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Cultural tourism: how Arts Council England helps the North enhance its appeal The pull exerted on both overseas and domestic tourists by arts and culture is strong: at least £856 million of annual spending by visitors to the UK can be directly attributed to their influence. Two of Arts Council England’s strategic goals in particular play an important part in ensuring that the standard of this cultural offer in each area remains high and that everyone has access to it. They are goals one (excellence is thriving and celebrated in the arts, museums and libraries) and two (everyone has the opportunity to experience and be inspired by the arts, museums and libraries). The cultural offer in the North of England has never been stronger. With our major cities presenting large-scale festivals, popular public free events attracting people from all over the world for their first visits to the region, annual festivals in urban and rural areas bringing in thousands of fresh visitors and imaginative use of heritage venues throughout the region, the North is rightly established as a key destination for cultural tourists.

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Cities that deliver

Hull’s bid to secure the title of UK City of Culture 2017 – and its ultimate success in doing so – is a prime example of the transformative power of culture: Hull took the decision to put arts and culture at the heart of its regeneration as it aims to re-establish its reputation as a gateway to the UK. In 2013 the city was awarded a £3 million Arts Council England Creative people and places grant to develop the city’s cultural offer. This brought together a consortium of organisations including Artlink, Hull Truck Theatre, Volcom, Hull City Council and Hull and East Yorkshire Community Foundation and led to the development of the strategy that secured the title for the city. Plans are now in train for a 365 day programme of 1500 events, including 25 festivals in and around the city in 2017. The city predicts it will welcome seven million visitors during its special year. The core programme will be supported by up to £3 million funding from the Arts Council.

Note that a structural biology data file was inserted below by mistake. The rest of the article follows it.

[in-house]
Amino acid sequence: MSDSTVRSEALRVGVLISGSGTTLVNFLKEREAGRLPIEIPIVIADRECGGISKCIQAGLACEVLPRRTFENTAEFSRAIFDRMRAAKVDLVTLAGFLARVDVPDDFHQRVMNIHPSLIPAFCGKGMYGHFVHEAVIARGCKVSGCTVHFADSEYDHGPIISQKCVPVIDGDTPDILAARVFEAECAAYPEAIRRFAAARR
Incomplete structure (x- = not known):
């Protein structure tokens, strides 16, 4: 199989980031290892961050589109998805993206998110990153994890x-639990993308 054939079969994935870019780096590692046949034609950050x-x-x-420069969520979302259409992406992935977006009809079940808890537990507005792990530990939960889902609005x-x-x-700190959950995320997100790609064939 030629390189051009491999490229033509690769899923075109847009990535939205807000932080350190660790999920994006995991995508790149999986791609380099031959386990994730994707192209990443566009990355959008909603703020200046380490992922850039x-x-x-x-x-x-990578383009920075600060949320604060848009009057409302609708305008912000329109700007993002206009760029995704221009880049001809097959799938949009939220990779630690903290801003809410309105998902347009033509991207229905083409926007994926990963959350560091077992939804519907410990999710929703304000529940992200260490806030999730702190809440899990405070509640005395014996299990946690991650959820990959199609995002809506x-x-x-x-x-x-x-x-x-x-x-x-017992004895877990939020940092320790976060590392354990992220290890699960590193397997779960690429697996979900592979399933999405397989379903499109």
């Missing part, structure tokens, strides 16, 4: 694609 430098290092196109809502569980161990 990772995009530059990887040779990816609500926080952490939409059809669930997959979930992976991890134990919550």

Hull city of culture. Credit: Neil Holmes

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Liverpool Sea Odyssey Giant Spectacular. Credit: Ant Clausen

Hull is just at the start of this journey, but several of the North’s great cities – Liverpool, Manchester, Leeds, Newcastle and Durham – are already well established as important cultural tourist destinations, often enhancing their regular offer of nationally acclaimed art galleries, theatres, museums, heritage sites, concert halls and orchestras with tailor-made festivals. Liverpool builds continually on the legacy of its year as European City of Culture 2008. Between 23 -27 July 2014 the city stages the nation’s flagship cultural event marking 100 years since the outbreak of the First World War. Memories of August 1914 is commissioned jointly by Liverpool City Council and 14-18 NOW, the First World War Centenary Cultural Programme, to which we are contributing £5 million of lottery funding. It will be brought to Liverpool by street theatre tour de force Royal De Luxe, who captivated crowds of 800,000 people in Liverpool in 2012 with the Giant spectacular Sea Odyssey, generating £32 million for the local economy. Every two years the city also hosts the Liverpool Biennial, the largest international contemporary art festival in the UK. The 2014 festival runs from 5 July -26 October. It is entitled A Needle Walks into a Haystack, curated by Mai Abu ElDahab and Anthony Huberman and takes place across the city at venues including the former Trade Union Centre, the Bluecoat, FACT and Tate Liverpool. This year’s artist-in-residence is Nicole Voevodin-Cash.

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Manchester Literature Festival, Sarah Churchwell reading, 2013. Credit: Jon Parker Lee